The US is set to deploy the Terminal High Altitude Area Defence (Thaad) system in South Korea "as soon as possible" amid heightened threats from North Korea's nuclear programme. Pyongyang conducted its fifth and most powerful nuclear test under the supervision of leader Kim Jong-un earlier in September, and is said to be ready to conduct the sixth test anytime in the coming days.
Daniel Russel, assistant secretary of state for East Asia, reportedly told a congressional hearing on Tuesday (27 September) that the Thaad deployment was a "done deal" and that the timing of the deployment was a Pentagon matter. He, however, added that considering "the accelerating pace of North Korea's missile tests, we intend to deploy on an accelerated basis. I would say as soon as possible".
Commander Gary Ross, a Pentagon spokesman, declined to give a specific timeline for the deployment, but said it would happen "as soon as feasible".
The decision to deploy the powerful anti-missile mechanism was taken by the US and its ally in early July. The nations had first finalised Seongju County as the location for installing the system, but following protests from the people of the area, Seoul agreed to consider alternative locations. The countries have not announced any new location so far.
China and Russia had expressed security concerns over the US-South Korea joint mission, but the US had said that the deployment in the Korean peninsula was solely targeted at North Korea and no other third party will be affected.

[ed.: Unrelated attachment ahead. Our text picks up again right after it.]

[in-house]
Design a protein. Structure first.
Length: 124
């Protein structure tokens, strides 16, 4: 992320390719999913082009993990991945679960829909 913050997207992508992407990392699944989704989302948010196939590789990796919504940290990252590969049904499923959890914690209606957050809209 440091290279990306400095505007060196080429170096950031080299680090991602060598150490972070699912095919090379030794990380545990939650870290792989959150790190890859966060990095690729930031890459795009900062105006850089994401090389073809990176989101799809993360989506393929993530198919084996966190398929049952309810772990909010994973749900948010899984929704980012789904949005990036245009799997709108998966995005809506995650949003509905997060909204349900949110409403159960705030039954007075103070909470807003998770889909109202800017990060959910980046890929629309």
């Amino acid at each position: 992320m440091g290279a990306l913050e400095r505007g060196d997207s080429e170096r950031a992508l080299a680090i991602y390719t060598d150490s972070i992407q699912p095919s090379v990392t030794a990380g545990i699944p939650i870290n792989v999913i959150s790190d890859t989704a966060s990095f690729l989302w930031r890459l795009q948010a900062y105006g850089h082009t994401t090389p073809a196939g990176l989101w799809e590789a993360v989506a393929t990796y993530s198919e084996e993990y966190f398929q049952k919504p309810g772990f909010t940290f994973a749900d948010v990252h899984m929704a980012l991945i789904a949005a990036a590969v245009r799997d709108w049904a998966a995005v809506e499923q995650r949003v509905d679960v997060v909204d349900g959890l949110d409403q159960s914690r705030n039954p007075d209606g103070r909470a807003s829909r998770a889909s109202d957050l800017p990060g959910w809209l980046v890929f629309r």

North Korea's latest nuclear test followed by a ballistic missile test has irked the US and the United Nations, who are now considering options to stop North Korea from pursuing the banned nuclear programme.
Russel told the congressional hearing that Washington was in talks with international partners, including the European Union, on tighter sanctions for the North and on cutting access to international banking services.
"We are in discussions with our partners, including the EU, about tightening the application of sanctions and pressure, including and particularly to deny North Korea access to the international banking infrastructure," Reuters quoted him as saying.
He also said that there had been "a very constructive and honest candid set of ongoing conversations" with China — an ally of North Korea — on new sanctions and "I hope you will see, as one of the products of that, real headway in the discussions".